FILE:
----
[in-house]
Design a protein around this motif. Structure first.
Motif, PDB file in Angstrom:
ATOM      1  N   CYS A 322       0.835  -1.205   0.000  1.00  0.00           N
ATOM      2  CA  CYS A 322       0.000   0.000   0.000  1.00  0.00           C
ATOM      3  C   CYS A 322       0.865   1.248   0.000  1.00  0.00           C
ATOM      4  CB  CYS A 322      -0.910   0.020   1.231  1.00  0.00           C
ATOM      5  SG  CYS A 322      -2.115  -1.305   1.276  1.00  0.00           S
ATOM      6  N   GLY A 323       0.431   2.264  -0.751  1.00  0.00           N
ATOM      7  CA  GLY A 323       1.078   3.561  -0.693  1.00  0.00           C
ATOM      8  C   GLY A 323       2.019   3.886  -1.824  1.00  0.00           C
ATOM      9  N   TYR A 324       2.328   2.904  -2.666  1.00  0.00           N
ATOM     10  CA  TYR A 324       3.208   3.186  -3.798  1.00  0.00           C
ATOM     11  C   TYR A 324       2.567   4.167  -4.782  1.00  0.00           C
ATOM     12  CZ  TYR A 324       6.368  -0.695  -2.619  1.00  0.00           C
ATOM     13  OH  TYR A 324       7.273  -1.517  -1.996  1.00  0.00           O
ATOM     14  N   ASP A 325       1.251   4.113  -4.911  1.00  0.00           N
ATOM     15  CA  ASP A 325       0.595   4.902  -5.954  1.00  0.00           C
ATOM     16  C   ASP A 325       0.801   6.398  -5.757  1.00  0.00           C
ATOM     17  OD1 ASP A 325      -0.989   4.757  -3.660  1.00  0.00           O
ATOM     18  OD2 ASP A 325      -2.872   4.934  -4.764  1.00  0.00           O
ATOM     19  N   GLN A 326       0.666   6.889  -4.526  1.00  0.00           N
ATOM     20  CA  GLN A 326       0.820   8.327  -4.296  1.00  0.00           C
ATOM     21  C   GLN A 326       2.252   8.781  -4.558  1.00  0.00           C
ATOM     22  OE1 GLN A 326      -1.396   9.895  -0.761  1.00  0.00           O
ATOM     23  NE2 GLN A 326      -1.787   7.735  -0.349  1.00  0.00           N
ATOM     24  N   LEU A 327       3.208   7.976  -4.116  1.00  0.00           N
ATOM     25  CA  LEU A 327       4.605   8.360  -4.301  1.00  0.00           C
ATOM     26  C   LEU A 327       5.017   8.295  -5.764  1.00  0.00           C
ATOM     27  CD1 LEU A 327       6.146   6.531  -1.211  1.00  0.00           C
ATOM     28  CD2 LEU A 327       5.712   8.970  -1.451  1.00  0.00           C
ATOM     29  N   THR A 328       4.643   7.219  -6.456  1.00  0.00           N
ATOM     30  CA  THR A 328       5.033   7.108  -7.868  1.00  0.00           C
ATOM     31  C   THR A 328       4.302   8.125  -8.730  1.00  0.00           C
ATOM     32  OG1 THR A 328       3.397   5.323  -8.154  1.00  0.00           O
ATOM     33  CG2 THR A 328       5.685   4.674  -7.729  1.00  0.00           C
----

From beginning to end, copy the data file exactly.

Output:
[in-house]
Design a protein around this motif. Structure first.
Motif, PDB file in Angstrom:
ATOM      1  N   CYS A 322       0.835  -1.205   0.000  1.00  0.00           N
ATOM      2  CA  CYS A 322       0.000   0.000   0.000  1.00  0.00           C
ATOM      3  C   CYS A 322       0.865   1.248   0.000  1.00  0.00           C
ATOM      4  CB  CYS A 322      -0.910   0.020   1.231  1.00  0.00           C
ATOM      5  SG  CYS A 322      -2.115  -1.305   1.276  1.00  0.00           S
ATOM      6  N   GLY A 323       0.431   2.264  -0.751  1.00  0.00           N
ATOM      7  CA  GLY A 323       1.078   3.561  -0.693  1.00  0.00           C
ATOM      8  C   GLY A 323       2.019   3.886  -1.824  1.00  0.00           C
ATOM      9  N   TYR A 324       2.328   2.904  -2.666  1.00  0.00           N
ATOM     10  CA  TYR A 324       3.208   3.186  -3.798  1.00  0.00           C
ATOM     11  C   TYR A 324       2.567   4.167  -4.782  1.00  0.00           C
ATOM     12  CZ  TYR A 324       6.368  -0.695  -2.619  1.00  0.00           C
ATOM     13  OH  TYR A 324       7.273  -1.517  -1.996  1.00  0.00           O
ATOM     14  N   ASP A 325       1.251   4.113  -4.911  1.00  0.00           N
ATOM     15  CA  ASP A 325       0.595   4.902  -5.954  1.00  0.00           C
ATOM     16  C   ASP A 325       0.801   6.398  -5.757  1.00  0.00           C
ATOM     17  OD1 ASP A 325      -0.989   4.757  -3.660  1.00  0.00           O
ATOM     18  OD2 ASP A 325      -2.872   4.934  -4.764  1.00  0.00           O
ATOM     19  N   GLN A 326       0.666   6.889  -4.526  1.00  0.00           N
ATOM     20  CA  GLN A 326       0.820   8.327  -4.296  1.00  0.00           C
ATOM     21  C   GLN A 326       2.252   8.781  -4.558  1.00  0.00           C
ATOM     22  OE1 GLN A 326      -1.396   9.895  -0.761  1.00  0.00           O
ATOM     23  NE2 GLN A 326      -1.787   7.735  -0.349  1.00  0.00           N
ATOM     24  N   LEU A 327       3.208   7.976  -4.116  1.00  0.00           N
ATOM     25  CA  LEU A 327       4.605   8.360  -4.301  1.00  0.00           C
ATOM     26  C   LEU A 327       5.017   8.295  -5.764  1.00  0.00           C
ATOM     27  CD1 LEU A 327       6.146   6.531  -1.211  1.00  0.00           C
ATOM     28  CD2 LEU A 327       5.712   8.970  -1.451  1.00  0.00           C
ATOM     29  N   THR A 328       4.643   7.219  -6.456  1.00  0.00           N
ATOM     30  CA  THR A 328       5.033   7.108  -7.868  1.00  0.00           C
ATOM     31  C   THR A 328       4.302   8.125  -8.730  1.00  0.00           C
ATOM     32  OG1 THR A 328       3.397   5.323  -8.154  1.00  0.00           O
ATOM     33  CG2 THR A 328       5.685   4.674  -7.729  1.00  0.00           C